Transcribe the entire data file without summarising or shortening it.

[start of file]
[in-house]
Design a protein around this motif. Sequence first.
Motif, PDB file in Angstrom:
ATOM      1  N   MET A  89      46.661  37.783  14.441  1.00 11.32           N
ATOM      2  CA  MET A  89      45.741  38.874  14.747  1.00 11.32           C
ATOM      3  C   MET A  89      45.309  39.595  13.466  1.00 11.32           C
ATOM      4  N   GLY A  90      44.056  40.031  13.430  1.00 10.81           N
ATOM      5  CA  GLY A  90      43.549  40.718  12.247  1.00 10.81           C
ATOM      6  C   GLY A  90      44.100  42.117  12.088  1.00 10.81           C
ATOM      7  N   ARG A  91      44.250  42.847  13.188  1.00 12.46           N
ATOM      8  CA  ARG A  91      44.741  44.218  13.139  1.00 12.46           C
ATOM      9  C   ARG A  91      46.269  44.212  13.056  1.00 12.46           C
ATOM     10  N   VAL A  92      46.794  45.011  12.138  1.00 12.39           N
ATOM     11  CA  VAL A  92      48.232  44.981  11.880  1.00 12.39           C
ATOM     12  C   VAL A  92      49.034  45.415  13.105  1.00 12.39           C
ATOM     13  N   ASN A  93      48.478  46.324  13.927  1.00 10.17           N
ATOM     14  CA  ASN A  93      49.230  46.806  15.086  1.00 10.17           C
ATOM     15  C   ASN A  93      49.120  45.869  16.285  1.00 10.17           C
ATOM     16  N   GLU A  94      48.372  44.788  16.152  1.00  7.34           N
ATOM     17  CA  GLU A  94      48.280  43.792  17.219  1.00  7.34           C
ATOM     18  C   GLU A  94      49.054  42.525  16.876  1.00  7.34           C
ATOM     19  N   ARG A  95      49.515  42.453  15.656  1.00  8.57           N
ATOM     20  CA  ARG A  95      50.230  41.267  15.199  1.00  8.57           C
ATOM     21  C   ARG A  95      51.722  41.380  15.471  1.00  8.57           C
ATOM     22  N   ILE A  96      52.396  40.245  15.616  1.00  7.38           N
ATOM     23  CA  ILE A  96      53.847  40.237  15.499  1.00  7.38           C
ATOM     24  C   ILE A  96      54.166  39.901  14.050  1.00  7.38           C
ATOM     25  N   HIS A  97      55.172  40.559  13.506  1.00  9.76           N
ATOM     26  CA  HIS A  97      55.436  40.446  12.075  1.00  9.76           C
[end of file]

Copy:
[in-house]
Design a protein around this motif. Sequence first.
Motif, PDB file in Angstrom:
ATOM      1  N   MET A  89      46.661  37.783  14.441  1.00 11.32           N
ATOM      2  CA  MET A  89      45.741  38.874  14.747  1.00 11.32           C
ATOM      3  C   MET A  89      45.309  39.595  13.466  1.00 11.32           C
ATOM      4  N   GLY A  90      44.056  40.031  13.430  1.00 10.81           N
ATOM      5  CA  GLY A  90      43.549  40.718  12.247  1.00 10.81           C
ATOM      6  C   GLY A  90      44.100  42.117  12.088  1.00 10.81           C
ATOM      7  N   ARG A  91      44.250  42.847  13.188  1.00 12.46           N
ATOM      8  CA  ARG A  91      44.741  44.218  13.139  1.00 12.46           C
ATOM      9  C   ARG A  91      46.269  44.212  13.056  1.00 12.46           C
ATOM     10  N   VAL A  92      46.794  45.011  12.138  1.00 12.39           N
ATOM     11  CA  VAL A  92      48.232  44.981  11.880  1.00 12.39           C
ATOM     12  C   VAL A  92      49.034  45.415  13.105  1.00 12.39           C
ATOM     13  N   ASN A  93      48.478  46.324  13.927  1.00 10.17           N
ATOM     14  CA  ASN A  93      49.230  46.806  15.086  1.00 10.17           C
ATOM     15  C   ASN A  93      49.120  45.869  16.285  1.00 10.17           C
ATOM     16  N   GLU A  94      48.372  44.788  16.152  1.00  7.34           N
ATOM     17  CA  GLU A  94      48.280  43.792  17.219  1.00  7.34           C
ATOM     18  C   GLU A  94      49.054  42.525  16.876  1.00  7.34           C
ATOM     19  N   ARG A  95      49.515  42.453  15.656  1.00  8.57           N
ATOM     20  CA  ARG A  95      50.230  41.267  15.199  1.00  8.57           C
ATOM     21  C   ARG A  95      51.722  41.380  15.471  1.00  8.57           C
ATOM     22  N   ILE A  96      52.396  40.245  15.616  1.00  7.38           N
ATOM     23  CA  ILE A  96      53.847  40.237  15.499  1.00  7.38           C
ATOM     24  C   ILE A  96      54.166  39.901  14.050  1.00  7.38           C
ATOM     25  N   HIS A  97      55.172  40.559  13.506  1.00  9.76           N
ATOM     26  CA  HIS A  97      55.436  40.446  12.075  1.00  9.76           C